Welcome to another profile in SimpleK12’s Teachers Teaching Teachers — Views from the Field series, where we interview educators about what they’re doing to train other teachers and administrators.
Today we want to introduce you to Keisha Rivers of the KARS Group.
How and where have you been involved in PD (including your specialties)?
I have a concentration in Teacher Leadership & Development and have worked with pre-service teachers, first-year teachers, and experienced teachers to assist with classroom management, assessment, instructional strategies, professional growth plans, collegial coaching, and building teacher collaboratives.
What roles have you played in K-12 education?
I have been a classroom teacher (Special ED Mild Moderate K-3; Gifted Ed 2nd-8; 1st grade, 3rd grade); Summer School Administrator; Department Chair; SACS Accreditation Committee Chair; and served on various committees regarding curriculum development, program development, teacher professional development, and parental involvement
What led you to pursue teacher PD?
I was interested in how to create learning communities for teachers as a way of paving the way for them to become scholar-practitioners.
What advice do you have for other teachers who would like to create and deliver teacher PD?
Become a student of the craft. Learn to observe the process of teaching while studying the outcomes of instructional practices. It is more important for you to know the right questions to ask than to know all of the answers.
What’s the biggest mistake you’ve made and what did you learn?
The biggest mistake that I made was underestimating the importance of sound research and best practices in my development. I learned that while relying on my intuition and experience was important if I wanted to make a difference and change policies, I needed to back up what I was doing with sound theory and current research.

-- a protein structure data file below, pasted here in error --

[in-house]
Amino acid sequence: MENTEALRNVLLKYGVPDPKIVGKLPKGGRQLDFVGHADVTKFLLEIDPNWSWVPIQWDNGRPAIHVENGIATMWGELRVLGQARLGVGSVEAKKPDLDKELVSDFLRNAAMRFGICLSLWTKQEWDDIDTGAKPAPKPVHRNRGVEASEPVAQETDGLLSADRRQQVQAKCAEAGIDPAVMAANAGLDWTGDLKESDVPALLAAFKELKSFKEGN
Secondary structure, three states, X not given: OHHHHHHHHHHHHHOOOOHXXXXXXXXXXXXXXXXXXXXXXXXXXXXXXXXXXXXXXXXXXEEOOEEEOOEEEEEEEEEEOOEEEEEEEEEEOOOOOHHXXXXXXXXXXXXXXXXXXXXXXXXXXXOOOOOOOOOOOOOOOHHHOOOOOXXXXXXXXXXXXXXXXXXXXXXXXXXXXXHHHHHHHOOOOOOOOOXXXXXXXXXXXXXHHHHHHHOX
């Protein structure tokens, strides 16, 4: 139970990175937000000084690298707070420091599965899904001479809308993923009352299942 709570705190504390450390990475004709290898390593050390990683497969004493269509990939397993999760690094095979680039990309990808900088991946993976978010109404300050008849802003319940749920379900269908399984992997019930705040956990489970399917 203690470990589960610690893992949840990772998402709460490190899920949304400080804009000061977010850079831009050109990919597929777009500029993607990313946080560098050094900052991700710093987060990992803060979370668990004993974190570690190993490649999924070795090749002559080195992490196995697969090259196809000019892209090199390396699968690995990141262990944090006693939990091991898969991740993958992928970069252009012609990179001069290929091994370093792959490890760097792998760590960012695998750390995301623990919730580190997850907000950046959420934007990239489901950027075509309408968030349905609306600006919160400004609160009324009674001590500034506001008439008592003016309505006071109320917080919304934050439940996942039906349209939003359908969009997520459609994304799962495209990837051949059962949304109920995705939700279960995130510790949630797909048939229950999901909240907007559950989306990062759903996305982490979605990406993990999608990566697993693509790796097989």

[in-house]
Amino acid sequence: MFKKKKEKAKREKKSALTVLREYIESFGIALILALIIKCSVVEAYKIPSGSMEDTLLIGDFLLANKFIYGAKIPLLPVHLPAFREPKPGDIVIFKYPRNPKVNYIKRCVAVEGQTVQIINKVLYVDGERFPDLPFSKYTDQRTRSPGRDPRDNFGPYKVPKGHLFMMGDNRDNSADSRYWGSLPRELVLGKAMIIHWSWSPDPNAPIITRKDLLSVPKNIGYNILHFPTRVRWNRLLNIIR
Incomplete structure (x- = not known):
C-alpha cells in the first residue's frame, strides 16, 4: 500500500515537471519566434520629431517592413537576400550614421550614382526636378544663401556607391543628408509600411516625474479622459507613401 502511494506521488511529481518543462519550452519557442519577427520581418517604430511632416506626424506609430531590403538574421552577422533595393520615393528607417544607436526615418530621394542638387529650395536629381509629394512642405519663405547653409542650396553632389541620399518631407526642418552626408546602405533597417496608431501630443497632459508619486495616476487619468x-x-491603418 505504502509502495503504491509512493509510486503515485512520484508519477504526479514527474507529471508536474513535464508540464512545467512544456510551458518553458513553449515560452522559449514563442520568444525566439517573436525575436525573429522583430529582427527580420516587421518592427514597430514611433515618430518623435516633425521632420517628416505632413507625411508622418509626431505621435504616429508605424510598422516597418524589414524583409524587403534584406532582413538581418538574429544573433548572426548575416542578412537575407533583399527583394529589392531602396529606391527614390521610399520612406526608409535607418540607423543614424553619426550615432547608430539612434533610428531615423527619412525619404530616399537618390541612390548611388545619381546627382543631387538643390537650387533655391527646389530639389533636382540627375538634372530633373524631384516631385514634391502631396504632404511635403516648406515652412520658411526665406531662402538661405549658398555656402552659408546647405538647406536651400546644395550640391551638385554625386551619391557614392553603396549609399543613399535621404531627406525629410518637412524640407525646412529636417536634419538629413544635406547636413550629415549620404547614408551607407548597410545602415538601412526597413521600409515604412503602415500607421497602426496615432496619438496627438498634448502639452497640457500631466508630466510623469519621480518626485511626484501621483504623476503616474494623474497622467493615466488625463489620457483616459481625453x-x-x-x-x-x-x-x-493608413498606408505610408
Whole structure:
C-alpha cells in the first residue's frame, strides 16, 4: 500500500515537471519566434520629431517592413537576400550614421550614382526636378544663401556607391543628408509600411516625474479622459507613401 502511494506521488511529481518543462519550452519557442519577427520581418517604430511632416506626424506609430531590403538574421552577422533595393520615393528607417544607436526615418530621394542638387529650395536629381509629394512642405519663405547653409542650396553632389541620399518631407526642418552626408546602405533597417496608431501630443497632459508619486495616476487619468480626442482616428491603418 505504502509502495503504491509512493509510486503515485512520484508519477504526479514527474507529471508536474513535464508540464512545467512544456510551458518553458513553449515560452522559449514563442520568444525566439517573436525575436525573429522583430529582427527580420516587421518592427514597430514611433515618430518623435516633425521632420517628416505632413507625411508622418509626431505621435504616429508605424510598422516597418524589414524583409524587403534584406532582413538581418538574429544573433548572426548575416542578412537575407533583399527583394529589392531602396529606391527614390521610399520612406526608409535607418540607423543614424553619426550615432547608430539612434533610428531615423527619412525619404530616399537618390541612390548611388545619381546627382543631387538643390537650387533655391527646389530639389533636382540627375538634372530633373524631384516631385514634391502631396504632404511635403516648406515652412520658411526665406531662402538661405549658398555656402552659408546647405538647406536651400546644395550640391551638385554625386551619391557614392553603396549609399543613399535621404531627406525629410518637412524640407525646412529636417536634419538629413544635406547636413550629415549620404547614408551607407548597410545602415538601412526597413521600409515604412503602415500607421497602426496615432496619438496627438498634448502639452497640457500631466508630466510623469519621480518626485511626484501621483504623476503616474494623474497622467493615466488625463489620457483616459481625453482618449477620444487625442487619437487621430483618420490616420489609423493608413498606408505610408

If you could go back and give your 20-year old self some advice, what would it be?
Take the risks and walk through the open doors, regardless of your age.
If your FUTURE self in 20 years could look back at where you are today, what advice might the Future You offer the Current You?
It’s never too late to do that thing that keeps you up at night and scares you silly.
What are the biggest mistakes you see teachers making in the classroom?
Focusing on checking off the requirements instead of teaching the student in front of them.
What are the benefits and drawbacks of the various forms of PD delivery?
Most PD is centered around an “empty vessel” approach where you gather people together in a lecture format and pour the information into them, then expect them to go out and apply whatever you taught them. That doesn’t work. You have to have various opportunities for teachers to learn, apply, question, test, and question some more. Hands-on workshops, discussion groups, ongoing mentoring, and peer collaboratives are the most effective since they provide opportunities for ongoing learning.
As Master of the Education Universe, what 1-2 things would you change about K-12 education and schools?
I would make K-12 education and schools more collaborative and active in nature. Creating opportunities for students and teachers to learn, explore, question, and create their own learning processes is key.
What would you change about university teacher education programs?
University teacher education programs must provide more opportunities for pre-service teachers to spend time in schools. They need to be able to talk to teachers and develop more of a theory into practice model instead of a purely academic theoretical model.
Do you have a favorite quote or expression you live by?
You don’t need to know the right answers; you just have to know the right questions.
What book(s) — about education or not — do you most often give out?
Anything by John Maxwell.
If you had to do it all over again, what would you do, be, or try?
I would complete my doctorate and focus more on leadership development so that I could work with teachers as leaders.
What are the 2-3 most important work-related purchases you’ve made in the last year?
A new laptop and several new books on leadership and strategic thinking.
What’s your next goal?
To establish my KARS Academy–an online training resource.
Anything else you’d like to share with other teachers who want to follow in your footsteps?
Just remember that you are never “just” a teacher. You are an educator and as such you hold the key to unlocking the potential of everyone you touch.
This teacher profile is part of SimpleK12’s Teachers Teaching Teachers — Views from the Field series, where we interview educators about what they’re doing to train other teachers and administrators.
If you have any questions for Keisha or anything else related to this topic (and there will be more Teachers Teaching Teachers profiles and stories coming soon), please leave them below in the Comments.